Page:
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Walrus (Odobenus rosmarus)

Walrus (Odobenus rosmarus)

The walrus (Odobenus rosmarus) is a large flippered marine mammal with a discontinuous distribution about the North Pole in the Arctic Ocean and subarctic seas of the Northern Hemisphere. The walrus is the only living species in the Odobenidae family and Odobenus genus.

 

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Mariana Martinez

Mariana Martinez

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The Atlantic subspecies O.r.rosmarus measures about 300 cm and weigh 1'200 kg. Females measure 250 cm and weigh 750 kg. The Pacific walrus O.r.divergens is slightly larger.

Article: Walrus (Odobenus rosmarus...
Source: World Association of Zoos...

Walruses use their whiskers (vibrissae) to locate food. A walrus has about 400-700 vibrissae on its snout, which are attached to muscles, and are supplied with blood and nerves. A walrus moves its snout through bottom sediment to find food.

Article: Walrus (Odobenus rosmarus...
Source: World Association of Zoos...

Seasonal dynamics of sea ice cover in the Chukchi and Bering seas allow walruses to exploit a wide area of the continental shelf during the year. Adult male walruses have dorsal inflatable pharyngeal pouches, which allow them to sleep at the surface in open water for extended periods (Fay 1960) between foraging trips from land in summer (e.g. Jay et al. 2001).

Article:   Projected status of the P…
Source:  Offline Book/Journal

Walruses are very gregarious and occur in groups of up to ~500 walruses (Fay 1985; Speckman et al. 2010). Group sizes of hauled out walruses tend to be larger when they are on shore than on ice (Fay 1985).

Article:   Projected status of the P…
Source:  Offline Book/Journal

Walruses do not use their tusks to dig for food as is commonly believed. Rather, they use them for fighting and displays of dominance with other walruses, for defense against predators, as picks to pull themselves out of the water onto ice floes, and to kill and tear apart seals.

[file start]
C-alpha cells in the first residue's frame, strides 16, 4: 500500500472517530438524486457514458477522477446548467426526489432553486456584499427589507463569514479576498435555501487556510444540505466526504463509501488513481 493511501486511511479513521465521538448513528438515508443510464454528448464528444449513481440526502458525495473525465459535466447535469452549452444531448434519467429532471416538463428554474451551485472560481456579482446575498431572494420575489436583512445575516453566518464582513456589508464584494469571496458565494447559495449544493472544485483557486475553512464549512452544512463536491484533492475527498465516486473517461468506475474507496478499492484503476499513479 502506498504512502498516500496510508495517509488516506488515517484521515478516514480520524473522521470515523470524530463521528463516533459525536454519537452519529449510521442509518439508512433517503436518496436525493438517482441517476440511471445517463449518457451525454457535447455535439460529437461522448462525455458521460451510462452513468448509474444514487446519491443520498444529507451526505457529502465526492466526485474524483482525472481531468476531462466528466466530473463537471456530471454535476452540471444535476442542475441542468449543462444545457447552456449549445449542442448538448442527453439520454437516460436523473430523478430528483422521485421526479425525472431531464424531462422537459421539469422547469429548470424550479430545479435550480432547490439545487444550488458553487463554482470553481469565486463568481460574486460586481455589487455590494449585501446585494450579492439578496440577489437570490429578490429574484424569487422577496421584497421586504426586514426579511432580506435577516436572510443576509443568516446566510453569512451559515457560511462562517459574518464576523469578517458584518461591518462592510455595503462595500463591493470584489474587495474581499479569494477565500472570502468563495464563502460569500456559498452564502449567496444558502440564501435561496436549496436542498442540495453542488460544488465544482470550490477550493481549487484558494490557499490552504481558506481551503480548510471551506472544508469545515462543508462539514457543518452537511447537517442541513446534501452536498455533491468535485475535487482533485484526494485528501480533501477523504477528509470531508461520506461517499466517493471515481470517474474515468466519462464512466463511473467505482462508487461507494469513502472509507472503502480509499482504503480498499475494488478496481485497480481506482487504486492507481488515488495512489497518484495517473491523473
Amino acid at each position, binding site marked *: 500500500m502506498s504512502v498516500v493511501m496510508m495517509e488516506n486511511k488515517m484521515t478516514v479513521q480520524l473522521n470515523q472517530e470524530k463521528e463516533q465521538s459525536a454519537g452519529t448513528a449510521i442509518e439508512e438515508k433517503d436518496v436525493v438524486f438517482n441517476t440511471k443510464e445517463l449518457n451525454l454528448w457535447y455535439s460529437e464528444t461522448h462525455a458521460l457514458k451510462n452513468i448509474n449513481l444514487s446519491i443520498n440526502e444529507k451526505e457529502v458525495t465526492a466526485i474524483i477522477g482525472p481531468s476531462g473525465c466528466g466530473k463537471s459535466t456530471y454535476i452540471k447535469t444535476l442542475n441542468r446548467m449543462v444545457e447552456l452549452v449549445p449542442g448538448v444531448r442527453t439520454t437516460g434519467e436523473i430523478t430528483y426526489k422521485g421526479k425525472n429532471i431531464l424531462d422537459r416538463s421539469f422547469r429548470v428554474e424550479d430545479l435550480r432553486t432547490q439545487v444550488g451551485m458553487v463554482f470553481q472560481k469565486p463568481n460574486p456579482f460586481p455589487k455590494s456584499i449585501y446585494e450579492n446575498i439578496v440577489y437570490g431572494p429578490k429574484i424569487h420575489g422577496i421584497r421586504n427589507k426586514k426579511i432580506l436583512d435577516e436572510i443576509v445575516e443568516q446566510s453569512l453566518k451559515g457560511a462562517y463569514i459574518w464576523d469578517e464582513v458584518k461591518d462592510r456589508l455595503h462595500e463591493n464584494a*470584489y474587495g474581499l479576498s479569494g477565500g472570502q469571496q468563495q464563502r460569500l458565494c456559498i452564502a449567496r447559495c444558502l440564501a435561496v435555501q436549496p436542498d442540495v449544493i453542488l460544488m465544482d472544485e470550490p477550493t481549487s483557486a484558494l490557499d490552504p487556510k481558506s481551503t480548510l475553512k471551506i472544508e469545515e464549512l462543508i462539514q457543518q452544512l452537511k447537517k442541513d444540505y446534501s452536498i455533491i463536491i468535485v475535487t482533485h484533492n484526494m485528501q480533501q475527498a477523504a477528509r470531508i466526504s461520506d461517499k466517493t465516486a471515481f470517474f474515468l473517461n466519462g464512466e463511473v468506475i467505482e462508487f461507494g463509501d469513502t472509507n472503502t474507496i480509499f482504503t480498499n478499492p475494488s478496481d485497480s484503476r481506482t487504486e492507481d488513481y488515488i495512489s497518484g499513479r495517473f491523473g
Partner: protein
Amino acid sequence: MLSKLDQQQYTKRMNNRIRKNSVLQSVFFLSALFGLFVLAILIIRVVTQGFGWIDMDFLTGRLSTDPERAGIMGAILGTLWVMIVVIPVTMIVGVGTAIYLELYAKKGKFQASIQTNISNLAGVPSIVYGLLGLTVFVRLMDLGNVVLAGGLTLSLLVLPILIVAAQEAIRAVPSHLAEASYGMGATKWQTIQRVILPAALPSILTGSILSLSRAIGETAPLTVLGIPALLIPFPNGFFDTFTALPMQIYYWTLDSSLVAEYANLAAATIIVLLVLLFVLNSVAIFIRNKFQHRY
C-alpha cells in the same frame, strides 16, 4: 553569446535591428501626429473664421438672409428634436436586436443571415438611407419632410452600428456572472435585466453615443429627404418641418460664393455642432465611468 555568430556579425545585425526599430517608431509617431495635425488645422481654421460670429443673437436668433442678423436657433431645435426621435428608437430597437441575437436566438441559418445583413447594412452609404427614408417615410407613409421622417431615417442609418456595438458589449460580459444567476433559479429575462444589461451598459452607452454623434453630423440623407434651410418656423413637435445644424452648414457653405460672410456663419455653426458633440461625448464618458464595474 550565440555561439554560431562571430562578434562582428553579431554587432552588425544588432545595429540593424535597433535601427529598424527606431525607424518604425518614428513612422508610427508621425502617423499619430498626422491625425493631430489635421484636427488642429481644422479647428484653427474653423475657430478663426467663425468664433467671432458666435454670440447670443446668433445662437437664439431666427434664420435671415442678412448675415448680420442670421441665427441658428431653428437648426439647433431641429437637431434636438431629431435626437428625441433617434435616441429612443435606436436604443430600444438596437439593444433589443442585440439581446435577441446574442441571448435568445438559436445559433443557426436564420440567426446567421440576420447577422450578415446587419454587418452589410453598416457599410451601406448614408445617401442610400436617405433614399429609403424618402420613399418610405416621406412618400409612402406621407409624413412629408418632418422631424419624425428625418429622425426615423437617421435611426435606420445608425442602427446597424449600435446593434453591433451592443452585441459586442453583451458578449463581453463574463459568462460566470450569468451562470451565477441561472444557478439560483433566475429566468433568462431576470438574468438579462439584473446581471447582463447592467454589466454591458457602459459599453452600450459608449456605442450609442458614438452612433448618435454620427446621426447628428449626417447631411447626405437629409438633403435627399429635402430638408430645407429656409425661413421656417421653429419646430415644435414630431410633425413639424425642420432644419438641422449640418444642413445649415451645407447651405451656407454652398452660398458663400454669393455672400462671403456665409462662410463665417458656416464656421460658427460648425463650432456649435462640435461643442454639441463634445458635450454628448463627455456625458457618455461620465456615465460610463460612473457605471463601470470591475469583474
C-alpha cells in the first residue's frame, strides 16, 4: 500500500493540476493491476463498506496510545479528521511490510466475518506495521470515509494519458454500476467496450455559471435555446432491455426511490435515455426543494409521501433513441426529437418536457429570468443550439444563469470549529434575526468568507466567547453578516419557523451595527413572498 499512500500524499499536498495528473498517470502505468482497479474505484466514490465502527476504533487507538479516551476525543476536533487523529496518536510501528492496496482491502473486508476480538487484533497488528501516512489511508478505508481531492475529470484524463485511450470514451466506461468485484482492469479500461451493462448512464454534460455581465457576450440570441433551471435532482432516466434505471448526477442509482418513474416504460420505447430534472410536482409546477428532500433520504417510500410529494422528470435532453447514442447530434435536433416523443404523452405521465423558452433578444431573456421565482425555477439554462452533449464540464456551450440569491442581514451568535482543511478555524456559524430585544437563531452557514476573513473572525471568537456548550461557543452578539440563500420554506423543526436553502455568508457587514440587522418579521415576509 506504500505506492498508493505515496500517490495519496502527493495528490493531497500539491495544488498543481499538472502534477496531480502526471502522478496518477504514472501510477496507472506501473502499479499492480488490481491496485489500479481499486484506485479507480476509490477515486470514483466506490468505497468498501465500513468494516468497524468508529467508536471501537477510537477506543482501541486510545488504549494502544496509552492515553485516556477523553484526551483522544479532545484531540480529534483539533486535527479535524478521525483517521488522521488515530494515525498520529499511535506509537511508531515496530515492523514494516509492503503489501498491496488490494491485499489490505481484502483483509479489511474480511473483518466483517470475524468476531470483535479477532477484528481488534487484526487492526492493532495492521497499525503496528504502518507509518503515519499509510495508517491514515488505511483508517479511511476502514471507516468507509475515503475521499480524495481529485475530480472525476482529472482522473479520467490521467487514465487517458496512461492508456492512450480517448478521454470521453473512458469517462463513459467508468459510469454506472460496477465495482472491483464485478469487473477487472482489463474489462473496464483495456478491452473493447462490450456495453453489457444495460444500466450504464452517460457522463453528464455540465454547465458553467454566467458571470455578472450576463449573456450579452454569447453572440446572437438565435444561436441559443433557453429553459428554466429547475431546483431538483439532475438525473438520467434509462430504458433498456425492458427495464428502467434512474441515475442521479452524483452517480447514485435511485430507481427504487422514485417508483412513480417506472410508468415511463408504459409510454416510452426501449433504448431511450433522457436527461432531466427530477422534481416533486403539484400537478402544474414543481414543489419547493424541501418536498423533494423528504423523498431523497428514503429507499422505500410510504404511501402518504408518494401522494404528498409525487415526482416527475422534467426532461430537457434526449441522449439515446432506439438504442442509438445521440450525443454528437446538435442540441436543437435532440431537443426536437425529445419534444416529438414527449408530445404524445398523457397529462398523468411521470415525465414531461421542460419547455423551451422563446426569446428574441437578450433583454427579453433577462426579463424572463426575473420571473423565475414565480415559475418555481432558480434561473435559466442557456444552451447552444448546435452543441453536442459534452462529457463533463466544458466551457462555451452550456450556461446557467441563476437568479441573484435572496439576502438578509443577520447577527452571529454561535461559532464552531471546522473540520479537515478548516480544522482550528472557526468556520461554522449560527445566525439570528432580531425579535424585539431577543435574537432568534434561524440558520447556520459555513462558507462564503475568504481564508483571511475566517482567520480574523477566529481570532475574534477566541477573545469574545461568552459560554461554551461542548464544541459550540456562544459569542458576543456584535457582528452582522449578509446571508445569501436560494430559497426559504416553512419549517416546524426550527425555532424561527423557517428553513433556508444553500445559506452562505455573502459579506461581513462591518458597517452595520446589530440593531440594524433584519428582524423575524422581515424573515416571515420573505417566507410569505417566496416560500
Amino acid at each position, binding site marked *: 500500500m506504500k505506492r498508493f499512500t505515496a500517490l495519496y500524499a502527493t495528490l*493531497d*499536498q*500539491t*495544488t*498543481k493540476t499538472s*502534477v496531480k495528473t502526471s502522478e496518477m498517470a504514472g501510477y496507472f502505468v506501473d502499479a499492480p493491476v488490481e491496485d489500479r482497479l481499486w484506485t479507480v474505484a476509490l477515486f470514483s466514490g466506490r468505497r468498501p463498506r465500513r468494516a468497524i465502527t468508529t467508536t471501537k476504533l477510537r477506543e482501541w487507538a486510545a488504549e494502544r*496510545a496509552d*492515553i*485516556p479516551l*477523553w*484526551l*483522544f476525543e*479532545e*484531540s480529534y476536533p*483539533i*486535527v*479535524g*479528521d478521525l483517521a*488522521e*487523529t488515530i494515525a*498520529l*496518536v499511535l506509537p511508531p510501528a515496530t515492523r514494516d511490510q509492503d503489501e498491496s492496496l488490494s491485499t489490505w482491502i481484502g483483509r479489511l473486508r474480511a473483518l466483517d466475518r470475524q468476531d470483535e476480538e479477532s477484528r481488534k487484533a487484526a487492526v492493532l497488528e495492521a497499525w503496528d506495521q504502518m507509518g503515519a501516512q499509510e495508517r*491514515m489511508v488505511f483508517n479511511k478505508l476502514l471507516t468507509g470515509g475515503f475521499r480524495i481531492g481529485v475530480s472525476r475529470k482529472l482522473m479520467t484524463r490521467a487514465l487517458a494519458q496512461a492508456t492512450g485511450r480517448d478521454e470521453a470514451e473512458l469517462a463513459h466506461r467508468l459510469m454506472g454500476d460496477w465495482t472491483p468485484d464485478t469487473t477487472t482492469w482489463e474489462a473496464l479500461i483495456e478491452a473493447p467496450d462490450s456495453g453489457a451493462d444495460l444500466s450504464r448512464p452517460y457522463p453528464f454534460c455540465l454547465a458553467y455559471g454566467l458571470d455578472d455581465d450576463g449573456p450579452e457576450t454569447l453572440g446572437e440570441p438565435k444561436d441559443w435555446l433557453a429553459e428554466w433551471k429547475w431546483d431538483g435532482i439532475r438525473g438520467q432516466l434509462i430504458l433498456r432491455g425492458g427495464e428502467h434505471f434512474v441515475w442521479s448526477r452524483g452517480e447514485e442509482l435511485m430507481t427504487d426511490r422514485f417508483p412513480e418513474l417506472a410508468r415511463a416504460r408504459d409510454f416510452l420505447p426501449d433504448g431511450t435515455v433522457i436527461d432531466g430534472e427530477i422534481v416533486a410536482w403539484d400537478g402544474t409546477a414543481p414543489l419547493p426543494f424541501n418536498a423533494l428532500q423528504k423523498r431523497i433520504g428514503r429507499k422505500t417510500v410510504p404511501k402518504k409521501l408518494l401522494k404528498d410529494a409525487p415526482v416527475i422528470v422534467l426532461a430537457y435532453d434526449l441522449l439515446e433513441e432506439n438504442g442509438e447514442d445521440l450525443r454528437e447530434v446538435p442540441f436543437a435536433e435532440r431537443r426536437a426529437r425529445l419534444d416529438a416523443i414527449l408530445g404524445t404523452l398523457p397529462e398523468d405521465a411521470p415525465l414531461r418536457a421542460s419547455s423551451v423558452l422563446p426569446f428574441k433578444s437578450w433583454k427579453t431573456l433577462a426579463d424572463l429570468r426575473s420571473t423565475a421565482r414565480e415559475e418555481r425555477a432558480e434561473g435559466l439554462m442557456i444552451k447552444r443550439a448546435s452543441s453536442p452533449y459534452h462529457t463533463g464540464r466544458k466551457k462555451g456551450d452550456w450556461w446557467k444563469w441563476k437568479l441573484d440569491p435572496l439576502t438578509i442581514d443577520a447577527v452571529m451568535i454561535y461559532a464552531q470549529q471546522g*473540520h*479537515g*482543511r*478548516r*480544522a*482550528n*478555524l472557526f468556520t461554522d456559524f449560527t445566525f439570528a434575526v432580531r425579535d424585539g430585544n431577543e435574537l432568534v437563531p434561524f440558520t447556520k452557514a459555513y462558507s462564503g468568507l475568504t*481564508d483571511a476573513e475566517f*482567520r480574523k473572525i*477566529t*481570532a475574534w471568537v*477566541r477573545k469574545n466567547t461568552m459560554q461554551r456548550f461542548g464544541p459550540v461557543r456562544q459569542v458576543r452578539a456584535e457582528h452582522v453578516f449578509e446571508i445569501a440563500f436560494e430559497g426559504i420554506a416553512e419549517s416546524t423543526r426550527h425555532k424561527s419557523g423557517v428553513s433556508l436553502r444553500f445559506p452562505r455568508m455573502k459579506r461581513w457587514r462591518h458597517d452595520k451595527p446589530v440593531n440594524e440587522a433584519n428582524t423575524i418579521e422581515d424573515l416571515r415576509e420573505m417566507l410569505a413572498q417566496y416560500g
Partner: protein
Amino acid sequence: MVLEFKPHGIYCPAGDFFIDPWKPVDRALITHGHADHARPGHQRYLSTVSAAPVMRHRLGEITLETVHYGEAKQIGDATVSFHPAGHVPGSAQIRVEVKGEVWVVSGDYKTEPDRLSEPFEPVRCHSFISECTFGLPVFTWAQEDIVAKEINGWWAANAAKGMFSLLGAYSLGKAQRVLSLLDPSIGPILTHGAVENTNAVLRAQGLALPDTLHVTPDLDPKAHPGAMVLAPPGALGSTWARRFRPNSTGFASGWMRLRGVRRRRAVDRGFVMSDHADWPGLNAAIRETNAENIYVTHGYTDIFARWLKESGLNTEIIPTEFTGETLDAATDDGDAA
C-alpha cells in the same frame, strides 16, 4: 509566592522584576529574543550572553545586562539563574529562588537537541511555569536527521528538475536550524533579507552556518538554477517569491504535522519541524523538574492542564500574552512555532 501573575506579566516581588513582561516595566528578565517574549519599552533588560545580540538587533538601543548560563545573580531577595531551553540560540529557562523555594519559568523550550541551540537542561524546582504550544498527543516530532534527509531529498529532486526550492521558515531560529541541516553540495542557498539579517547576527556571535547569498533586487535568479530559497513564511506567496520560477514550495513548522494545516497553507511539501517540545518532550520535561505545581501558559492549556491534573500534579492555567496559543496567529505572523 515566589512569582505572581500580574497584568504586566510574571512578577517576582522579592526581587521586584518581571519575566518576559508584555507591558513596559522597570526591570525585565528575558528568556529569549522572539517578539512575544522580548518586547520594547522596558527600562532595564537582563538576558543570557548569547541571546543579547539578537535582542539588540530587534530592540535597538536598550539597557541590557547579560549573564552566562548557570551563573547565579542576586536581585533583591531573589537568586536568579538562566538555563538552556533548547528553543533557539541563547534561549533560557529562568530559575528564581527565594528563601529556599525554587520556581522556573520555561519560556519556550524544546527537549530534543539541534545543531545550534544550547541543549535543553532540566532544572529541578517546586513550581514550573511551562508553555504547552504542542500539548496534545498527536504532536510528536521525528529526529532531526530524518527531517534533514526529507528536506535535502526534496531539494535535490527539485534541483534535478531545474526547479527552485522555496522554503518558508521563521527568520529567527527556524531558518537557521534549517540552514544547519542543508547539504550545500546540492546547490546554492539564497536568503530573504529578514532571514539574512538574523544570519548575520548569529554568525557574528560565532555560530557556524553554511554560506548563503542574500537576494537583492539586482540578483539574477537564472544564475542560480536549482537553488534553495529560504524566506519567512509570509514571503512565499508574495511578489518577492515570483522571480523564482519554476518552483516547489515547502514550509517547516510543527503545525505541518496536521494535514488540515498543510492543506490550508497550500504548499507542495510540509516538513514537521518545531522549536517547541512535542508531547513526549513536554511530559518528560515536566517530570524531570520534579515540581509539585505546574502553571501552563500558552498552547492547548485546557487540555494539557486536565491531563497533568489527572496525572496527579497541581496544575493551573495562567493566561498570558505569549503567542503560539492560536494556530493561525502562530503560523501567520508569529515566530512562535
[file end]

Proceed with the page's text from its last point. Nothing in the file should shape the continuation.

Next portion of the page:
Article: Pacific Walrus (Odobenus ...
Source: Marine Mammal Commission

Walruses are subdivided into two subspecies: the Atlantic walrus (O. r. rosmarus) and the Pacific walrus (O. r. divergens). The Pacific walrus is distributed along the continental shelf of the Bering and Chukchi Seas.

Article: Pacific Walrus (Odobenus ...
Source: Marine Mammal Commission

Morphologically, the walrus is more similar to the Phocidae (true seals). Behaviorally, they more closely resemble the Otariidae (eared seals). Several studies based on molecular data have linked the walrus more closely to the otariids, yet the pinniped family that the odobenids are most closely allied to is still in question.

Article: Walrus
Source: Seaworld

The common name, walrus, originated with the Danish word hvalros, meaning "sea horse" or "sea cow". The Russian word for walrus is morzh. Arctic natives call the walrus aivik (Inuit) or aivuk (Yu'pik).

Article: Walrus
Source: Seaworld

The tusks ivory has been throughout human history one of the main reason for the hunting of walruses. In all part of their range walruses have been subject to commercial exploitation during the past 350 years and most populations have yet to recover.

Article: Walrus (O. rosmarus)
Source: Society for Marine Mammal...

The walrus, Odobenus rosmarus was named by Linnaeus in 1758. The name "Odobenus" in latin means "the one that walks on the teeth" while "rosmarus" is derived from old Norse and means "horse of the sea". It is the biggest seal species to inhabit the shallow waters of the Arctic Ocean.

Article: Walrus (O. rosmarus)
Source: Society for Marine Mammal...
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